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Samsung Gear Live Review - Battery Life and Verdict Review


Samsung Gear Live: Battery Life

Keeping the Samsung Gear Live going is a 300 mAh battery that will give you a day of use before you are reaching for that proprietary charger. That’s a smaller capacity battery found inside the LG G Watch, which manages a day and a half, but you will have to charge them both every night anyway

That’s 5-6 days less than the Pebble and 3-4 days less than the Gear Neo 2 and the Gear 2. It’s something that’s going to have to improve massively for people to take Android Wear smartwatches seriously.

The main problem here will inevitably be the power-sapping Super AMOLED display. Considering this is the same screen found on the Tizen-based Gear watches with almost identical specs, aside from the 1.0GHZ Exynos 3250 dual-core CPU, the constant stream of notifications is likely having a big impact on battery life.

Using the Gear Live from 8am on full charge, with full brightness and notifications turned on, it was down to 63% by 4.30pm and just about made it through to midnight. We tried the same with the brightness turned down a couple of settings and battery performance didn’t change. Disconnecting it from the smartphone can push it further, although that means you are stuck with a not-smartwatch that defeats the purpose of owning one.

If you need to give it a quick charge, plugging it into the mains for 30 minutes added 25% of battery and it takes two hours to get back up to full charge. It’s a relatively quick charger, but it needs to be much faster if battery life is going to only last a day.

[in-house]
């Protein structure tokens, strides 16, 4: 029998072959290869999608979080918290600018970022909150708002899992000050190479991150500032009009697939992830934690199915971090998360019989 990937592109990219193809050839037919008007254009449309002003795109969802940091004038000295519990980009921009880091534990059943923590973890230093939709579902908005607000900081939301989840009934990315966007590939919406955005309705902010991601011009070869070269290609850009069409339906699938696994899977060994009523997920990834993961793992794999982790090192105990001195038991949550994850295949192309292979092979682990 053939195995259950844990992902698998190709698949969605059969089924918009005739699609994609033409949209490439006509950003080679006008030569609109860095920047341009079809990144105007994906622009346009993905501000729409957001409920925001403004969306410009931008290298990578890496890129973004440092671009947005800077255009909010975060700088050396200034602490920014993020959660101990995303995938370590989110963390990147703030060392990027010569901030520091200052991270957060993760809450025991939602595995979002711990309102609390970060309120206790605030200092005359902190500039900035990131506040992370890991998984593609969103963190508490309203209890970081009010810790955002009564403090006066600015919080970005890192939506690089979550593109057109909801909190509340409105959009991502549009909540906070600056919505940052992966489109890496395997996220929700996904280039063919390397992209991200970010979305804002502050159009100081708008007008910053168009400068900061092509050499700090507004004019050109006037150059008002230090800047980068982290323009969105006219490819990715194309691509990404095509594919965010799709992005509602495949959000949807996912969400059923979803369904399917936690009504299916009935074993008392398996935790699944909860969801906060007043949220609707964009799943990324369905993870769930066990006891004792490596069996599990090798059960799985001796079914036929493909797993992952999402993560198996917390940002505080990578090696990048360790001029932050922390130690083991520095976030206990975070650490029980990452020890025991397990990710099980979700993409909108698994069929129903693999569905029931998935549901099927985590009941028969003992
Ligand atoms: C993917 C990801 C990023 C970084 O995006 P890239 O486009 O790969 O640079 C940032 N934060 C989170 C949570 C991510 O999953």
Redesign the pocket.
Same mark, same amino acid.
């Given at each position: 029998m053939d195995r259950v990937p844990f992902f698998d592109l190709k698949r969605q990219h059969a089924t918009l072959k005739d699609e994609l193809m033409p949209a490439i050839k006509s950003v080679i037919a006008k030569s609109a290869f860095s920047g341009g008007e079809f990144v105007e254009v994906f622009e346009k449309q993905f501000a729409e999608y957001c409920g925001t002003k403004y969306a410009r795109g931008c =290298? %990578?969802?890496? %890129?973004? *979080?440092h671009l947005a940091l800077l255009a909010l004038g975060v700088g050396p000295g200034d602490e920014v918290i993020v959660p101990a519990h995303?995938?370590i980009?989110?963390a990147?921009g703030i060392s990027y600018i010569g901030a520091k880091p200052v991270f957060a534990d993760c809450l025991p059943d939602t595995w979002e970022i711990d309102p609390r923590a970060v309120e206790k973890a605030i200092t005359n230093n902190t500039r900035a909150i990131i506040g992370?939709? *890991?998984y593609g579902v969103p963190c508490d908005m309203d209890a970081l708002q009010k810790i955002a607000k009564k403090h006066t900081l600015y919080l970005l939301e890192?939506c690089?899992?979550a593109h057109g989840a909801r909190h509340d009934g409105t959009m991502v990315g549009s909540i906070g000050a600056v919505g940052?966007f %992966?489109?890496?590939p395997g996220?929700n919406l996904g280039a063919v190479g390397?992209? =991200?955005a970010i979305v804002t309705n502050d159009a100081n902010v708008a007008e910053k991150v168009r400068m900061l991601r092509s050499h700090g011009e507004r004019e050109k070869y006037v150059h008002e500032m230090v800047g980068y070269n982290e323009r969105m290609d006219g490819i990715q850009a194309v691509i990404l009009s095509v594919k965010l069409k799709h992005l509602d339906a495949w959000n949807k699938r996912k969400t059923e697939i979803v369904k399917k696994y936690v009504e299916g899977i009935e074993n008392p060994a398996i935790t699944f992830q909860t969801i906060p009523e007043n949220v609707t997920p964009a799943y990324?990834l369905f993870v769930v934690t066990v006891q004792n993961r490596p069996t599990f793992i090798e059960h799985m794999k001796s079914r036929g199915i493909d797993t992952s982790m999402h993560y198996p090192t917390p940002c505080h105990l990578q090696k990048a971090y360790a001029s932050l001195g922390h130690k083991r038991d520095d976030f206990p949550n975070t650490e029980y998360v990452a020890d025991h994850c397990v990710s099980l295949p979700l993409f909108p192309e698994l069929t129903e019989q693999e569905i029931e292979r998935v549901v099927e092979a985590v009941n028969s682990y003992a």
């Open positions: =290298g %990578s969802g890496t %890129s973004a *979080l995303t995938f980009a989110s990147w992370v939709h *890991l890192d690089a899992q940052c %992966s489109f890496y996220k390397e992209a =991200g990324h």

Should I buy the Samsung Gear Live?

If you insist on being an early Android Wear adopter, the Samsung Gear Live is the one to go for right now, but only by a very small margin.

The Gear Live and its Samsung Gear 2-inspired design means it’s more elegant than the LG G Watch and has the more impressive screen. Elsewhere, specs are almost identical, with the unrealiable heart rate monitor the only other notable difference.

Battery life remains is a big problem here and is enough of a reason to hold tight and wait for an Android Wear smartwatch that doesn’t require charging up the same amount of time as your smartphone.

Android Wear shows real promise but there’s plenty of things to address before it’s the real deal. Our advice is to wait for the second generation of Android Wear smartwatches where the likes of LG and Samsung will hopefully learn from their mistakes and give Google’s operating system a home it deserves.


The Samsung Gear Live is the best of the current Android Wear smartwatches, but we would still hold out for something with better battery life and a slimmer, more attractive design.

Next, read our Android Wear tips, tricks and secrets guide, or read everything we know about the Apple iWatch

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